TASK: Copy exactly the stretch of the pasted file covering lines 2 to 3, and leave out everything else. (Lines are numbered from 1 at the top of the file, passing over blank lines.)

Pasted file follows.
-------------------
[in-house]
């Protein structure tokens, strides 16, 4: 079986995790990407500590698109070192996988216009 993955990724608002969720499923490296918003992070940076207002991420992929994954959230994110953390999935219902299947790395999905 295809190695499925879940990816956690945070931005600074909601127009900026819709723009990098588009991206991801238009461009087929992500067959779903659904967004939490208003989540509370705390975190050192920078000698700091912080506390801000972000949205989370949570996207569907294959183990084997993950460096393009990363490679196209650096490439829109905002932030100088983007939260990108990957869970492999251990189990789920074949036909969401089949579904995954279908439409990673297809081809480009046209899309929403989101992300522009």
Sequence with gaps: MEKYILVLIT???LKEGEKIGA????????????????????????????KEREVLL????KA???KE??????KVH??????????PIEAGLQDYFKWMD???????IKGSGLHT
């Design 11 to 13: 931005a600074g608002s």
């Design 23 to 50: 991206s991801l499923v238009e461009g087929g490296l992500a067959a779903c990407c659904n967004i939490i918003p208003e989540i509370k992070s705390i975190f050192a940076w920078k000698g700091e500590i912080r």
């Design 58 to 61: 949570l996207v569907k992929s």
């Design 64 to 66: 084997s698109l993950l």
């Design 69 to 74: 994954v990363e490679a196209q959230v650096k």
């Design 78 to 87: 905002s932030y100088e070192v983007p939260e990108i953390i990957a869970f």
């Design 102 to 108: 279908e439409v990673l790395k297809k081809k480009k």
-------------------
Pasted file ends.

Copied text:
């Protein structure tokens, strides 16, 4: 079986995790990407500590698109070192996988216009 993955990724608002969720499923490296918003992070940076207002991420992929994954959230994110953390999935219902299947790395999905 295809190695499925879940990816956690945070931005600074909601127009900026819709723009990098588009991206991801238009461009087929992500067959779903659904967004939490208003989540509370705390975190050192920078000698700091912080506390801000972000949205989370949570996207569907294959183990084997993950460096393009990363490679196209650096490439829109905002932030100088983007939260990108990957869970492999251990189990789920074949036909969401089949579904995954279908439409990673297809081809480009046209899309929403989101992300522009």
Sequence with gaps: MEKYILVLIT???LKEGEKIGA????????????????????????????KEREVLL????KA???KE??????KVH??????????PIEAGLQDYFKWMD???????IKGSGLHT